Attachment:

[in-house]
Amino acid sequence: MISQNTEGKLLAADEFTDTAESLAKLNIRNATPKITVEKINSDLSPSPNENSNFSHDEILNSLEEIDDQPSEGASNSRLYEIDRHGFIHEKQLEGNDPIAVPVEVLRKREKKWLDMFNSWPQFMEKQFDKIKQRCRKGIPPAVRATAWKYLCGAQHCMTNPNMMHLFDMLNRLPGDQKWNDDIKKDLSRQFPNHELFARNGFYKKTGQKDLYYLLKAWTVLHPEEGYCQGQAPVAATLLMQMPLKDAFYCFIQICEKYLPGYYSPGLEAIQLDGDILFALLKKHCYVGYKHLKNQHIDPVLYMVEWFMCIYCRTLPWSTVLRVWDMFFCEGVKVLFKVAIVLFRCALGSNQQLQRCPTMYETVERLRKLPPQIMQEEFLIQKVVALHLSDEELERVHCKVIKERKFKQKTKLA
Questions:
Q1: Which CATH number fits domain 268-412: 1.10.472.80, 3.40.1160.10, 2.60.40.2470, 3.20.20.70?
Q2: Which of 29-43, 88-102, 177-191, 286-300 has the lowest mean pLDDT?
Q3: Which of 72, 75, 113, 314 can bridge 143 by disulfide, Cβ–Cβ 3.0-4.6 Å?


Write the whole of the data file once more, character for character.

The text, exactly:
[in-house]
Amino acid sequence: MISQNTEGKLLAADEFTDTAESLAKLNIRNATPKITVEKINSDLSPSPNENSNFSHDEILNSLEEIDDQPSEGASNSRLYEIDRHGFIHEKQLEGNDPIAVPVEVLRKREKKWLDMFNSWPQFMEKQFDKIKQRCRKGIPPAVRATAWKYLCGAQHCMTNPNMMHLFDMLNRLPGDQKWNDDIKKDLSRQFPNHELFARNGFYKKTGQKDLYYLLKAWTVLHPEEGYCQGQAPVAATLLMQMPLKDAFYCFIQICEKYLPGYYSPGLEAIQLDGDILFALLKKHCYVGYKHLKNQHIDPVLYMVEWFMCIYCRTLPWSTVLRVWDMFFCEGVKVLFKVAIVLFRCALGSNQQLQRCPTMYETVERLRKLPPQIMQEEFLIQKVVALHLSDEELERVHCKVIKERKFKQKTKLA
Questions:
Q1: Which CATH number fits domain 268-412: 1.10.472.80, 3.40.1160.10, 2.60.40.2470, 3.20.20.70?
Q2: Which of 29-43, 88-102, 177-191, 286-300 has the lowest mean pLDDT?
Q3: Which of 72, 75, 113, 314 can bridge 143 by disulfide, Cβ–Cβ 3.0-4.6 Å?